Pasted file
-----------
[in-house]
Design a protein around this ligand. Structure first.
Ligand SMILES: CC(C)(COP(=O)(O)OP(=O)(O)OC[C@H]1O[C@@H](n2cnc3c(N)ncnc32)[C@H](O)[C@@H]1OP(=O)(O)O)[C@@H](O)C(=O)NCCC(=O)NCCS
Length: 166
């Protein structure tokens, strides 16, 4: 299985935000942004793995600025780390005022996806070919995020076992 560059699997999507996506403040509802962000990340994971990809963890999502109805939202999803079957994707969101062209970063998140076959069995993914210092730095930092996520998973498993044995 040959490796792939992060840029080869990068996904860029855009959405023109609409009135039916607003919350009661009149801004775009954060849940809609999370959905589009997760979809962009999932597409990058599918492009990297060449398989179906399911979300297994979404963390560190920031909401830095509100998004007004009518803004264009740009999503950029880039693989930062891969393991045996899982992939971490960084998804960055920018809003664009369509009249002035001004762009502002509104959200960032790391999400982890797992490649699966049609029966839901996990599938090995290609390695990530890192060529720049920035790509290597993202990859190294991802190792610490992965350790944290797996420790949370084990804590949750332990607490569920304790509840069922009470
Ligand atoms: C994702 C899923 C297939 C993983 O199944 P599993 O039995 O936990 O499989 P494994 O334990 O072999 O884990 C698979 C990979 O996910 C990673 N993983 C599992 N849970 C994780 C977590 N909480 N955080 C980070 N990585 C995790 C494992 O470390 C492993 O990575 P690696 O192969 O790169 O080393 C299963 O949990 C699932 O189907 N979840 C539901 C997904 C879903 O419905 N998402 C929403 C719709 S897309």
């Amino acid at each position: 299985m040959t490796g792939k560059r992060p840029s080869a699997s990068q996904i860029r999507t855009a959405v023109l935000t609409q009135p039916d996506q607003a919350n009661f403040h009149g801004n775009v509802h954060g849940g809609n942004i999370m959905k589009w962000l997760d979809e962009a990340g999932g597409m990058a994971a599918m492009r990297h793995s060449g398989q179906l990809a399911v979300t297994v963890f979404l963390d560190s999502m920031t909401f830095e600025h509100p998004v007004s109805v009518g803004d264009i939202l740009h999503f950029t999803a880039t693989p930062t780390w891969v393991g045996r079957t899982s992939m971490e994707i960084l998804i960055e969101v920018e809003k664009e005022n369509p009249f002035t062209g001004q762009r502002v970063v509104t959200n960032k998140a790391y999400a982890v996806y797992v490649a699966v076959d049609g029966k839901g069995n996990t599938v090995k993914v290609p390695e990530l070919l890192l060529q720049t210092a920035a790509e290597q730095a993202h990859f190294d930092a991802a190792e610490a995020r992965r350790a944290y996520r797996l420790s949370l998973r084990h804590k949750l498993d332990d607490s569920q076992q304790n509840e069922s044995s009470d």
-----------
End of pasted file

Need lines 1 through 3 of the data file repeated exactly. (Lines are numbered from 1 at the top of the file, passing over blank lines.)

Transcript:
[in-house]
Design a protein around this ligand. Structure first.
Ligand SMILES: CC(C)(COP(=O)(O)OP(=O)(O)OC[C@H]1O[C@@H](n2cnc3c(N)ncnc32)[C@H](O)[C@@H]1OP(=O)(O)O)[C@@H](O)C(=O)NCCC(=O)NCCS